The health benefits of meditation are becoming well-established, but we still know little about how these effects are achieved.
A new study, though, sheds light onto the molecular changes that take place in the body as a result of meditation.
For their new study, Kaliman et al. (2014) recruited 19 experienced meditators, who each carried out an intensive 8-hour session of mindfulness meditation.
They were compared with a group of 21 others who engaged in quiet non-meditative activities for the same period of time.
Both groups gave blood samples before and after their activities.
After analysing these samples at the molecular level, they found some remarkable changes.
Amongst the group of experienced meditators, changes could be seen in the way certain important genes were expressed.
The expression of genes which are involved in inflammation, and generally in the body’s stress-response, were down-regulated.
These changes were not seen in the control group.
The body’s stress-response is important for all sorts of health conditions such as cancer, metabolic diseases and neuropsychological problems.
Richard J. Davidson, one of the study’s authors said:
“To the best of our knowledge, this is the first paper that shows rapid alterations in gene expression within subjects associated with mindfulness meditation practice.”
Both groups were also given a test of social stress afterwards. This involved having to give a surprise speech in front of an audience and video camera.
Tests of cortisol levels in participants’ saliva revealed that the expert meditators were able to recover quicker from this stressful event than the other group.
This study may demonstrate physiological mechanisms which helps explain why mindfulness meditation is so beneficial.
Professor Davidson said:
“Our genes are quite dynamic in their expression and these results suggest that the calmness of our mind can actually have a potential influence on their expression.”
The lead author of the study, Perla Kaliman, added:
“The regulation of HDACs and inflammatory pathways may represent some of the mechanisms underlying the therapeutic potential of mindfulness-based interventions. Our findings set the foundation for future studies to further assess meditation strategies for the treatment of chronic inflammatory conditions.”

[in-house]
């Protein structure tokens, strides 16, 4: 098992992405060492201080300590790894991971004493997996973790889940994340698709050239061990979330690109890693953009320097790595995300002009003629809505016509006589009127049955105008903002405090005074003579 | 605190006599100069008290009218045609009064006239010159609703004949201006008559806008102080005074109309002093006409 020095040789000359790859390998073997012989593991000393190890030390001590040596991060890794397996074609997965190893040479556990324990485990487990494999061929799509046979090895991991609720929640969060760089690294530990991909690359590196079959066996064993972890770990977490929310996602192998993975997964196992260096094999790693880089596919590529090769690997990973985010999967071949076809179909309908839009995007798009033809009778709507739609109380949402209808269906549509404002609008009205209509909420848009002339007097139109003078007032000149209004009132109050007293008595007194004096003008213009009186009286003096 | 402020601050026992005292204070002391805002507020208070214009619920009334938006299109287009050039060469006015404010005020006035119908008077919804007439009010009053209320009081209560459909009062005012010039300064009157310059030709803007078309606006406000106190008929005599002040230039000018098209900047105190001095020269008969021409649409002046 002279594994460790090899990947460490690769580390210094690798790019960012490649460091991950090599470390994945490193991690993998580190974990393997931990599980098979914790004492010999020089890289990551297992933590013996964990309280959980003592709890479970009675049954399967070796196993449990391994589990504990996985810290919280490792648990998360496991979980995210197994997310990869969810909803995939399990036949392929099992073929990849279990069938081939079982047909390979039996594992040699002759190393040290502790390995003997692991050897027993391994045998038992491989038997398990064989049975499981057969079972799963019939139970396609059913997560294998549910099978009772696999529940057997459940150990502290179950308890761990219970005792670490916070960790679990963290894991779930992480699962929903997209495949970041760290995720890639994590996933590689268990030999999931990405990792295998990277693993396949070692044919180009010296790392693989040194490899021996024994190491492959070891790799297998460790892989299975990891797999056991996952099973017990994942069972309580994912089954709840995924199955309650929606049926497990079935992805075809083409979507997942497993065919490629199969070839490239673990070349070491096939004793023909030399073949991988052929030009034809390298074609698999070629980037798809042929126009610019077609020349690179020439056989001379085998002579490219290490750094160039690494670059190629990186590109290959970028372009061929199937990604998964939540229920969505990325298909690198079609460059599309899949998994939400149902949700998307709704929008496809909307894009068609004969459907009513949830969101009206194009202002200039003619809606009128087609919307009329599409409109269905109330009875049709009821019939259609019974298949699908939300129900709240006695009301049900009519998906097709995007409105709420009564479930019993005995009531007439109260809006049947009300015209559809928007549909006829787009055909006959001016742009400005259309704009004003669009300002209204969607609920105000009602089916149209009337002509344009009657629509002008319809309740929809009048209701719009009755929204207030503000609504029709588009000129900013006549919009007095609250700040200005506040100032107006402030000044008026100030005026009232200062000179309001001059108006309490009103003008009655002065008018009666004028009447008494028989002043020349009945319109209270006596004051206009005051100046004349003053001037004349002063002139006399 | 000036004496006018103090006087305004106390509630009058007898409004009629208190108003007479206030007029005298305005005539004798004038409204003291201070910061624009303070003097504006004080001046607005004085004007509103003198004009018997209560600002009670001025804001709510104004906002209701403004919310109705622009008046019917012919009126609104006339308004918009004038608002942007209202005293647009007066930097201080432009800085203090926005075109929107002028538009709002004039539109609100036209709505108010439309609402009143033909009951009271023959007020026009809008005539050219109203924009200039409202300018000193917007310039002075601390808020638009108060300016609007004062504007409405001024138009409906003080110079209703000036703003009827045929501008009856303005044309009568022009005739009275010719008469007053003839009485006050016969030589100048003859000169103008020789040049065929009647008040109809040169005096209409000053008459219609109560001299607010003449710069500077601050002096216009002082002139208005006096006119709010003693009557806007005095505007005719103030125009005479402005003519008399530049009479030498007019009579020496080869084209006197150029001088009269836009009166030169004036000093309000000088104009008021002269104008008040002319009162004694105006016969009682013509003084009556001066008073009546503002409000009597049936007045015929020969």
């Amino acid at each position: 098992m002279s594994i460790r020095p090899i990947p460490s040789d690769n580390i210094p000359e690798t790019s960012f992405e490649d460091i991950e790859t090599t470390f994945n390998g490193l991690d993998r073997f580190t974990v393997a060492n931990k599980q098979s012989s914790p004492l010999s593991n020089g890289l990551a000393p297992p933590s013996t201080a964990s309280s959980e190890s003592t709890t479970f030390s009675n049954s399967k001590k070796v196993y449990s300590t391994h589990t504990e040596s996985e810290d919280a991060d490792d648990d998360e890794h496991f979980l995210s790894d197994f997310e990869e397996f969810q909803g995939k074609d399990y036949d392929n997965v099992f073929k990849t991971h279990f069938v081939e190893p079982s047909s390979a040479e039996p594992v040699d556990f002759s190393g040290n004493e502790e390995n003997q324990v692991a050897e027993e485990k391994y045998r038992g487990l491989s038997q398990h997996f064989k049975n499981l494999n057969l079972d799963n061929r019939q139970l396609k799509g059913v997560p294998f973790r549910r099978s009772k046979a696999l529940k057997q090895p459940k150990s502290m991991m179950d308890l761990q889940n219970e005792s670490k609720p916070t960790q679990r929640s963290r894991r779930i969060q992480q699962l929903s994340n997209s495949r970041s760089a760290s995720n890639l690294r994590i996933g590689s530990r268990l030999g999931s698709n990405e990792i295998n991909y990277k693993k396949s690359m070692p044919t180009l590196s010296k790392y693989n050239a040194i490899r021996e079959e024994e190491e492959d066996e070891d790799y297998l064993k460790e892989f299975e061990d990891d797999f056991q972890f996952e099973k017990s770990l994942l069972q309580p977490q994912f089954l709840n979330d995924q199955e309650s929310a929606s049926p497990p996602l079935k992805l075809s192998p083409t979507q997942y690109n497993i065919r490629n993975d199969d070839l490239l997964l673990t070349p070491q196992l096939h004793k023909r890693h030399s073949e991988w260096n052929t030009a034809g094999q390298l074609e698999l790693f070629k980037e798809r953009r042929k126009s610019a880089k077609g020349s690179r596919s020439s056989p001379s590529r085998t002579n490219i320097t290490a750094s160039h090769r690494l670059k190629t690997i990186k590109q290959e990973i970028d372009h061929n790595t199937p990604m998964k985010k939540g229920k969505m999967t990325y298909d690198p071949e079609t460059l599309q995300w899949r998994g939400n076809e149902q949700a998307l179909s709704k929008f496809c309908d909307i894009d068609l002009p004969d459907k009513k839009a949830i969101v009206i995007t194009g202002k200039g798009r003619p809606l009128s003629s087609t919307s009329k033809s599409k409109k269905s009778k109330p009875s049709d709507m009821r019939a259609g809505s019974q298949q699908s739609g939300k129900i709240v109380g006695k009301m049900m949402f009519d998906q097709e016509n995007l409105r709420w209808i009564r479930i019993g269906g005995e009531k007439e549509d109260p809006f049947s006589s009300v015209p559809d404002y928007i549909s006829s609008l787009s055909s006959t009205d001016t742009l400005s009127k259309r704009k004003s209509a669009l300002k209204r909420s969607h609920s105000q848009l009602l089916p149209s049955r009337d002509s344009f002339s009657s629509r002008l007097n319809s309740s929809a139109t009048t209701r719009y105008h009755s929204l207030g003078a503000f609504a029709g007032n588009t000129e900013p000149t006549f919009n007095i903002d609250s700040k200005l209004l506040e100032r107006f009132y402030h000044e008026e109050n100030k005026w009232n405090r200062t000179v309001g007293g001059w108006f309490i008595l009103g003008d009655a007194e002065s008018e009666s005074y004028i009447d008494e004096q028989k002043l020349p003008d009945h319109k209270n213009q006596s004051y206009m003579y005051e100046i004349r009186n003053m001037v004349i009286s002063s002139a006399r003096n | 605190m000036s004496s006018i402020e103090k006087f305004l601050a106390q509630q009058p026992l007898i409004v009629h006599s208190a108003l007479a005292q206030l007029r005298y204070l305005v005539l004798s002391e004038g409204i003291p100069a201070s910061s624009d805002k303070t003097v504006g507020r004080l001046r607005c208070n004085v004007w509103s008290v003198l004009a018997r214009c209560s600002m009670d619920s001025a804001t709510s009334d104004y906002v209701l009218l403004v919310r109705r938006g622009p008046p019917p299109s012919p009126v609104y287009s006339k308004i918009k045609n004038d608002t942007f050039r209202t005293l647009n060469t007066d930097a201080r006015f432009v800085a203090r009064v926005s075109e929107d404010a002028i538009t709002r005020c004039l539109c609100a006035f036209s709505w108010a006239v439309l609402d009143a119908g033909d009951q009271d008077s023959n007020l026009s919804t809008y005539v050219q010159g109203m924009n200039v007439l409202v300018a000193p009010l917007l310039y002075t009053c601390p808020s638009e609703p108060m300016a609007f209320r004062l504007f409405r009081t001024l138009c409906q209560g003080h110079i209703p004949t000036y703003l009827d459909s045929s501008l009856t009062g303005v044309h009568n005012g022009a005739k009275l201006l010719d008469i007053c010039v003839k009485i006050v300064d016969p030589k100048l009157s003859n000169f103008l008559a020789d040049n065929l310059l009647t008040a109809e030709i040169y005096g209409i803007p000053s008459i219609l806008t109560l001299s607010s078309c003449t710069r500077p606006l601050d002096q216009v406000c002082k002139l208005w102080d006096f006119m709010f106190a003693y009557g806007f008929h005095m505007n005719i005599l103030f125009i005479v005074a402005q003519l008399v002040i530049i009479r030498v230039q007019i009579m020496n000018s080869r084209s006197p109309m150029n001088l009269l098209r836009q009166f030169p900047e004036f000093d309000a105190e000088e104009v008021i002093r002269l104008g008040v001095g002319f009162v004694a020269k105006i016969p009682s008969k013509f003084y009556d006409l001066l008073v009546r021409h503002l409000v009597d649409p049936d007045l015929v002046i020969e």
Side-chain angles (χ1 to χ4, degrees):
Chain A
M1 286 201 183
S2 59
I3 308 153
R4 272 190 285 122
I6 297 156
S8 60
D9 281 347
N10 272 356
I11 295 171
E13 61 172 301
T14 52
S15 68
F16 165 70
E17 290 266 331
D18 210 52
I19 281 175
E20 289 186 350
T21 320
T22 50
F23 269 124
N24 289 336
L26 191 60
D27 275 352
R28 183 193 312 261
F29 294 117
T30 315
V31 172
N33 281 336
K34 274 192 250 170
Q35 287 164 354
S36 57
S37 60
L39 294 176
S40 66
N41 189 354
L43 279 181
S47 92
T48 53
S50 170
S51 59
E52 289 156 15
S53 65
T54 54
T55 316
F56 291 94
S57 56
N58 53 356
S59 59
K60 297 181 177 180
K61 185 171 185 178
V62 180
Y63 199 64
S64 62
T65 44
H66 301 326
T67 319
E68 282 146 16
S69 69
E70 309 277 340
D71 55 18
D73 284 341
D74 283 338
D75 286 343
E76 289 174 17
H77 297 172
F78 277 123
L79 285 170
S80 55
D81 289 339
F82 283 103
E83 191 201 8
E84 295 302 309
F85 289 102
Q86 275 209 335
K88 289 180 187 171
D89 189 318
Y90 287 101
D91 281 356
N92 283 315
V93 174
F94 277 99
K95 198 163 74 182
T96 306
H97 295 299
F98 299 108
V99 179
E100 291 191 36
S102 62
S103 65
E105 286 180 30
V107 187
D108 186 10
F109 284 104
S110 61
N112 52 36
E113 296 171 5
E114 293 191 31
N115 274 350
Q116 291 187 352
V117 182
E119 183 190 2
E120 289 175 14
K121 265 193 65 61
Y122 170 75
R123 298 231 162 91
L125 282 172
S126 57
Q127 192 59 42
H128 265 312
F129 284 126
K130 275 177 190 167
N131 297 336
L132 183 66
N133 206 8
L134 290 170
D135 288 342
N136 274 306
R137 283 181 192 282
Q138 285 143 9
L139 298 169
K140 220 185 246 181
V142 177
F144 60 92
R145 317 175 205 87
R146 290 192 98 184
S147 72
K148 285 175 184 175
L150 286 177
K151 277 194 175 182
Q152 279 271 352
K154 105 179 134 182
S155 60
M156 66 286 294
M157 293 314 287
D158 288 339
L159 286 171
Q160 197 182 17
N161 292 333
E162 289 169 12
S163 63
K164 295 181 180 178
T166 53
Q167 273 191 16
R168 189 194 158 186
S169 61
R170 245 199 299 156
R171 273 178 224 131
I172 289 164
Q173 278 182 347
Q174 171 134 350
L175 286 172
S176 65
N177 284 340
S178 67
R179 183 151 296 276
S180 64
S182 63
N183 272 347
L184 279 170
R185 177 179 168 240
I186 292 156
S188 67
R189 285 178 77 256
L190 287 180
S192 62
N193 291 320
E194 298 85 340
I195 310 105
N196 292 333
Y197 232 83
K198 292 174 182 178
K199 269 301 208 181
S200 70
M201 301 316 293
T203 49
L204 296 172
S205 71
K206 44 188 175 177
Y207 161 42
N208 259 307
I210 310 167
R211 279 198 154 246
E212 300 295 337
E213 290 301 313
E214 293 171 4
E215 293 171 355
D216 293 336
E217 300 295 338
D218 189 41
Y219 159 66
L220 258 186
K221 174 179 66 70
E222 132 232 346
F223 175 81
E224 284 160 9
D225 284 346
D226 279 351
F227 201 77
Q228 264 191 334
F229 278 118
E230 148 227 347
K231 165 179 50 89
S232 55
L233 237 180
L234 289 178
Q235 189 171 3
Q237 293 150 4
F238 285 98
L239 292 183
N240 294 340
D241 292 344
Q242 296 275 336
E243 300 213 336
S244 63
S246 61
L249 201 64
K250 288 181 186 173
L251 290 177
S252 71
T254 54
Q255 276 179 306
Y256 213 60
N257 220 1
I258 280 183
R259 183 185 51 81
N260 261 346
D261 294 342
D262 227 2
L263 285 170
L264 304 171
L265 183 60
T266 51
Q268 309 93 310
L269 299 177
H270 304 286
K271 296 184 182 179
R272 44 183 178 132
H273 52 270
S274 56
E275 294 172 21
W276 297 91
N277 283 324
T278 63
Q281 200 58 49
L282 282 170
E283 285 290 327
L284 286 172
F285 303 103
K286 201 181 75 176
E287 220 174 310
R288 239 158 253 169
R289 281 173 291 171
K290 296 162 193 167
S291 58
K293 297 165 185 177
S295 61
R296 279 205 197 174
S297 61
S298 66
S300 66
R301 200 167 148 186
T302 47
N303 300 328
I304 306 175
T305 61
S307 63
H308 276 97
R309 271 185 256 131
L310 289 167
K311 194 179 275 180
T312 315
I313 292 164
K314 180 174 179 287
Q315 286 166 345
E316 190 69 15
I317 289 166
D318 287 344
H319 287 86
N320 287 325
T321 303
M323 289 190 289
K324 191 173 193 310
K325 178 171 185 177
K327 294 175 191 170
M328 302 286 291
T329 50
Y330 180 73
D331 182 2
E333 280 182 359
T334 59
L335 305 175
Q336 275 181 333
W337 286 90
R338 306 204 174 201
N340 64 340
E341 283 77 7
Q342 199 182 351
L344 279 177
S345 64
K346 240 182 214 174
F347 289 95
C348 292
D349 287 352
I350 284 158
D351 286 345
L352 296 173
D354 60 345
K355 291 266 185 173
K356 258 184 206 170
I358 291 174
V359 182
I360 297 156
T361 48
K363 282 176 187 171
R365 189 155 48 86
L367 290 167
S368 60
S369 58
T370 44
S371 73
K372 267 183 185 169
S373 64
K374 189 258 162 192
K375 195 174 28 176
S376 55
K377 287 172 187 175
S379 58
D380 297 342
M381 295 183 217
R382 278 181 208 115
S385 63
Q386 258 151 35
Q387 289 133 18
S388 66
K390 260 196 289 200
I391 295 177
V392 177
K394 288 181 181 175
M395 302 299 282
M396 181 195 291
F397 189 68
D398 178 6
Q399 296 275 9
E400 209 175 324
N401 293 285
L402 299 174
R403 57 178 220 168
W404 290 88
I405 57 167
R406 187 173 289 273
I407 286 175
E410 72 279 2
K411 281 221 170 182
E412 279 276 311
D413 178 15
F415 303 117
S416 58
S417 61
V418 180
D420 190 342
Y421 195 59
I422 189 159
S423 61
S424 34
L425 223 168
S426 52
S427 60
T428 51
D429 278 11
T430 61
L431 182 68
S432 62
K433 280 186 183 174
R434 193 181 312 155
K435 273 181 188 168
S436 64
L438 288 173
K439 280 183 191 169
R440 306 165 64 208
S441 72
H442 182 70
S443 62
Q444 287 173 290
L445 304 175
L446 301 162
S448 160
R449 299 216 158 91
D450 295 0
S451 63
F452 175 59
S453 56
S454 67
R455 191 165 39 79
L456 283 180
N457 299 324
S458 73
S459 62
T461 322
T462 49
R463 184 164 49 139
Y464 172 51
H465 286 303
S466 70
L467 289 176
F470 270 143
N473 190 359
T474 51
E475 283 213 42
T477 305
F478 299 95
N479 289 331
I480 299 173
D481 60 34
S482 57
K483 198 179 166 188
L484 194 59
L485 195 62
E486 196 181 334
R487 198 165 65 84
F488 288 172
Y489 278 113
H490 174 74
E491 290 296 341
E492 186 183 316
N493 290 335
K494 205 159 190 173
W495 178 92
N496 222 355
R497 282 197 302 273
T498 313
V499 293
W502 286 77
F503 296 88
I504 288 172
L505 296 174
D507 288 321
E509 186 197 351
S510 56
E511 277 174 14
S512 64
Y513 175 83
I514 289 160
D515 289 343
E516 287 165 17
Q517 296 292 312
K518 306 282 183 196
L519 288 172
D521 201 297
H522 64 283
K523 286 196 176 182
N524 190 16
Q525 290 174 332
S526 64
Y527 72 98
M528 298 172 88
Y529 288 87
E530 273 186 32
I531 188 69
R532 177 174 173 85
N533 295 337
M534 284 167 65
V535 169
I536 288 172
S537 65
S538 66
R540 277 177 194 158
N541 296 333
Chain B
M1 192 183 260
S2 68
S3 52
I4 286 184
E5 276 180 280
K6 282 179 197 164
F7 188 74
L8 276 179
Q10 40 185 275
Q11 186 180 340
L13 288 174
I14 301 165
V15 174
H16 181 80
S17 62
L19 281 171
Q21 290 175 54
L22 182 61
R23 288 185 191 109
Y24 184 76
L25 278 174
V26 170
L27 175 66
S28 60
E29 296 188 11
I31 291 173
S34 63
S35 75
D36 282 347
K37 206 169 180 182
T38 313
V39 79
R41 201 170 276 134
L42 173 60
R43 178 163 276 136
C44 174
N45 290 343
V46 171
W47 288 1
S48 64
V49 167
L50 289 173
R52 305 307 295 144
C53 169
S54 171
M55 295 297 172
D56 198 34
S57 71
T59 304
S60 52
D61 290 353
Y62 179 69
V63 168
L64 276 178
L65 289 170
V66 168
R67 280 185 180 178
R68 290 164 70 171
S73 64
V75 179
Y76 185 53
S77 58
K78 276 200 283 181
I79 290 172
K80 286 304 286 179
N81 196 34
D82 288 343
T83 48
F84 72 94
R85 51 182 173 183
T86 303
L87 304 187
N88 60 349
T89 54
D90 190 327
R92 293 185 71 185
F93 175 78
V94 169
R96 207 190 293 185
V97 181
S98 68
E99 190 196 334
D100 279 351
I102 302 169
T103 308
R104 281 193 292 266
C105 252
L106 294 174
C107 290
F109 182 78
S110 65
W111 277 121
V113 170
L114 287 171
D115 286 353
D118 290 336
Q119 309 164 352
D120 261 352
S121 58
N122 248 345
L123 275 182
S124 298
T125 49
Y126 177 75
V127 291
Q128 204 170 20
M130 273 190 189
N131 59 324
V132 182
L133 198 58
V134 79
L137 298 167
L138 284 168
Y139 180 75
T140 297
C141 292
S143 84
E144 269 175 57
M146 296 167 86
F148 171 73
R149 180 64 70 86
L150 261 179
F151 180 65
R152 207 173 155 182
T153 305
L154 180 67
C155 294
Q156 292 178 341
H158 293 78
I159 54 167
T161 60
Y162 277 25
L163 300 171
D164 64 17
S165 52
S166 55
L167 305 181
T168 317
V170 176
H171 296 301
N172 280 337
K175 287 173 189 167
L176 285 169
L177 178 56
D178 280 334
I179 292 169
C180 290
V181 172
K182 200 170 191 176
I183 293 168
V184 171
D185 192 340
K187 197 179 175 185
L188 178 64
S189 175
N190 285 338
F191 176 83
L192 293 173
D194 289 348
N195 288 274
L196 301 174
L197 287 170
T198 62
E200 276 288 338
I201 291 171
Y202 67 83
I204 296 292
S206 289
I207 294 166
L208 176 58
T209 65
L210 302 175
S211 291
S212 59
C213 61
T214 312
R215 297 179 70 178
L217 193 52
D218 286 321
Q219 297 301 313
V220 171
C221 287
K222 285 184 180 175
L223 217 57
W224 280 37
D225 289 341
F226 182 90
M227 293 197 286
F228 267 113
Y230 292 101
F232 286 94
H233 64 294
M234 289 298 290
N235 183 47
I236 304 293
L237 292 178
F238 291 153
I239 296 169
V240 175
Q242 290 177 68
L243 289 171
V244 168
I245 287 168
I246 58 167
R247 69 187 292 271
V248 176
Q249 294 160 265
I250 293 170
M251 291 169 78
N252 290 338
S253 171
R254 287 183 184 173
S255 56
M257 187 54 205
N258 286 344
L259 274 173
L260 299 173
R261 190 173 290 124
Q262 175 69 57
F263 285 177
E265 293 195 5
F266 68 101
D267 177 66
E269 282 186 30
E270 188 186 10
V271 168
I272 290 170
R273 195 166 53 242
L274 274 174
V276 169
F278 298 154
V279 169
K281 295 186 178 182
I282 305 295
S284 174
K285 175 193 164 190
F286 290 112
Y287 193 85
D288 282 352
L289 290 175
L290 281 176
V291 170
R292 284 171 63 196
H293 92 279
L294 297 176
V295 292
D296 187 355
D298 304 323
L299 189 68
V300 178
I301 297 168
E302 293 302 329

→ Read on: Meditation Benefits: 10 Ways It Helps Your Mind
About the author
Psychologist, Jeremy Dean, PhD is the founder and author of PsyBlog. He holds a doctorate in psychology from University College London and two other advanced degrees in psychology.
He has been writing about scientific research on PsyBlog since 2004. He is also the author of the book “Making Habits, Breaking Habits” (Da Capo, 2003) and several ebooks:
- Accept Yourself: How to feel a profound sense of warmth and self-compassion
- The Anxiety Plan: 42 Strategies For Worry, Phobias, OCD and Panic
- Spark: 17 Steps That Will Boost Your Motivation For Anything
- Activate: How To Find Joy Again By Changing What You Do
Image credit: Nadir Hashmi
→ This post is part of a series on meditation:
- Meditation Benefits: 10 Ways It Helps Your Mind
- Meditation Changes How Genes Are Expressed
- Cognition Accelerated by Just 4 x 20 Minutes Meditation
- How Meditation Improves Attention
- Meditation Can ‘Debias’ the Mind in Only 15 Minutes
- Meditation is an Effective Treatment for Depression, Anxiety and Pain
- Mindfulness: 6 Steps to Better Memory, Verbal Reasoning and Improved Concentration
- Mindfulness at School Decreases Chance of Developing Depression
- 8 Wonderful Psychological Effects of Being Compassionate
- Mindfulness Meditation: 8 Quick Exercises That Fit into Your Day
- Meditation: The Minimum Amount That Works